j...@keeping.me.uk wrote on Tue, 15 Jan 2013 22:40 +0000:
> This is what keeping the refs as byte strings looks like.

As John knows, it is not possible to interpret text from a byte
string without talking about the character encoding.

Git is (largely) a C program and uses the character set defined
in the C standard, which is a subset of ASCII.  But git does
"math" on strings, like this snippet that takes something from
argv[] and prepends "refs/heads/":

    strcpy(refname, "refs/heads/");
    strcpy(refname + strlen("refs/heads/"), ret->name);

The result doesn't talk about what character set it is using,
but because it combines a prefix from ASCII with its input,
git makes the assumption that the input is ASCII-compatible.

If you feed a UTF-16 string in argv, e.g.

    $ echo master | iconv -f ascii -t utf16 | xargs git branch
    xargs: Warning: a NUL character occurred in the input.  It cannot be passed 
through in the argument list.  Did you mean to use the --null option?
    fatal: Not a valid object name: ''.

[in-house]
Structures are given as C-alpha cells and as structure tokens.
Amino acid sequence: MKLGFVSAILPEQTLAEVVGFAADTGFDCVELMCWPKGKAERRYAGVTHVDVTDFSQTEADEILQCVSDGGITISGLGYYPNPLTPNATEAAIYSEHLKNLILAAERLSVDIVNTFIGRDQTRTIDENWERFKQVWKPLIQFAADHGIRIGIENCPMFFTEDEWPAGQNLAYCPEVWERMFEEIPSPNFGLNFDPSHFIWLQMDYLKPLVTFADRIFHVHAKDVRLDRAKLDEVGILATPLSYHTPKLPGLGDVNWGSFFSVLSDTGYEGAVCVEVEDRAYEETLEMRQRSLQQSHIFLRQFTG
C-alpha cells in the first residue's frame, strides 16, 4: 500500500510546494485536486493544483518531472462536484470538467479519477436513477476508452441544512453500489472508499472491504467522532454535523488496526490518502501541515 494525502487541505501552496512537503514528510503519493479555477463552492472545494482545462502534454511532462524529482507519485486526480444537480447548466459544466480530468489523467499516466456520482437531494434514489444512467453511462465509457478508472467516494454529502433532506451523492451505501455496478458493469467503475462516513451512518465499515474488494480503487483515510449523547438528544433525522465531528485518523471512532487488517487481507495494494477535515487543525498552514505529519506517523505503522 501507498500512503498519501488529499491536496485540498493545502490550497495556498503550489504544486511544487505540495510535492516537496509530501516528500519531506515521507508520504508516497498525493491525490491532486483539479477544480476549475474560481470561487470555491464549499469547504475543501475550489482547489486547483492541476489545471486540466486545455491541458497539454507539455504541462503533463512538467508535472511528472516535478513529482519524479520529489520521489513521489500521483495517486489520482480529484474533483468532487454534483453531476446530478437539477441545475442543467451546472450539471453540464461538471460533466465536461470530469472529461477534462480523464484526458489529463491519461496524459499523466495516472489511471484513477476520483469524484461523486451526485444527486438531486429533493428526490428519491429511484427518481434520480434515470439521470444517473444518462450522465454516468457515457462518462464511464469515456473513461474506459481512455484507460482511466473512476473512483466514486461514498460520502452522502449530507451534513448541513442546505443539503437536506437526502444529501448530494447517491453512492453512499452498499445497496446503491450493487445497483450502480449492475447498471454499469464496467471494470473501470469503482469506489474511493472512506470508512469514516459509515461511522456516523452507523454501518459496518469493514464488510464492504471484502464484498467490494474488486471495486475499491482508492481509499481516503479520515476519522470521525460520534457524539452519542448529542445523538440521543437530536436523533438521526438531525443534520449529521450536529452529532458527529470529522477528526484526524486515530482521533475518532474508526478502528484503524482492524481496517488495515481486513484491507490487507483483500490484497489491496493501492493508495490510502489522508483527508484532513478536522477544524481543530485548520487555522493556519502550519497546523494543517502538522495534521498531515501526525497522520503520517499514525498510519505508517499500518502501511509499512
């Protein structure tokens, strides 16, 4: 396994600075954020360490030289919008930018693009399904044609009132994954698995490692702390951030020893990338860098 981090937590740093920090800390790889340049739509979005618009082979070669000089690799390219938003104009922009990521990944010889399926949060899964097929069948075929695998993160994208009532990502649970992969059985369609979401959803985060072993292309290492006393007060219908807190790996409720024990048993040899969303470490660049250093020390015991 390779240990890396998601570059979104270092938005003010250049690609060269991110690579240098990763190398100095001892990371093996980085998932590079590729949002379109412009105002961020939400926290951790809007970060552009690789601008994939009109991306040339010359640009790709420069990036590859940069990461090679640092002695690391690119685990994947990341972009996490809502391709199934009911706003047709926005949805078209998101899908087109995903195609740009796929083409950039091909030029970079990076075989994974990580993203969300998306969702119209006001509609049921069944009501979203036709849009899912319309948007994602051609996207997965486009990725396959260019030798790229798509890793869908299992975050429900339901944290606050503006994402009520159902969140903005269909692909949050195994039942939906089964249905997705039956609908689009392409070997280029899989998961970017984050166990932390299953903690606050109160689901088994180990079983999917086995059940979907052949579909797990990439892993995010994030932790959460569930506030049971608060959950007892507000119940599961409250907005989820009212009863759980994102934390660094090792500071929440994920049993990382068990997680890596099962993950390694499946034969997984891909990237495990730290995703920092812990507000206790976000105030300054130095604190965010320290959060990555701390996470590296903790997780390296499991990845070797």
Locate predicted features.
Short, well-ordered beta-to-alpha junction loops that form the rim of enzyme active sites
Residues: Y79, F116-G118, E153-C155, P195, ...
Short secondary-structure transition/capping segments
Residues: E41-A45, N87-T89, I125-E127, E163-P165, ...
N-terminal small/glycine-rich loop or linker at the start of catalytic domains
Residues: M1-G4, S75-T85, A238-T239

you get an error about NUL, and not the branch you hoped for.
Git assumes that the input character set contains roughly ASCII
in byte positions 0..127.

That's one small reason why the useful character encodings put
ASCII in the 0..127 range, including utf-8, big5 and shift-jis.
ASCII is indeed special due to its legacy, and both C and Python
recognize this.

> diff --git a/git_remote_helpers/git/importer.py 
> b/git_remote_helpers/git/importer.py
> @@ -18,13 +18,16 @@ class GitImporter(object):
>      def get_refs(self, gitdir):
>          """Returns a dictionary with refs.
> +
> +        Note that the keys in the returned dictionary are byte strings as
> +        read from git.
>          """
>          args = ["git", "--git-dir=" + gitdir, "for-each-ref", "refs/heads"]
> -        lines = check_output(args).strip().split('\n')
> +        lines = check_output(args).strip().split('\n'.encode('utf-8'))
>          refs = {}
>          for line in lines:
> -            value, name = line.split(' ')
> -            name = name.strip('commit\t')
> +            value, name = line.split(' '.encode('utf-8'))
> +            name = name.strip('commit\t'.encode('utf-8'))
>              refs[name] = value
>          return refs

I'd suggest for this Python conundrum using byte-string literals, e.g.:

        lines = check_output(args).strip().split(b'\n')
        value, name = line.split(b' ')
        name = name.strip(b'commit\t')

Essentially identical to what you have, but avoids naming "utf-8" as
the encoding.  It instead relies on Python's interpretation of
ASCII characters in string context, which is exactly what C does.

                -- Pete
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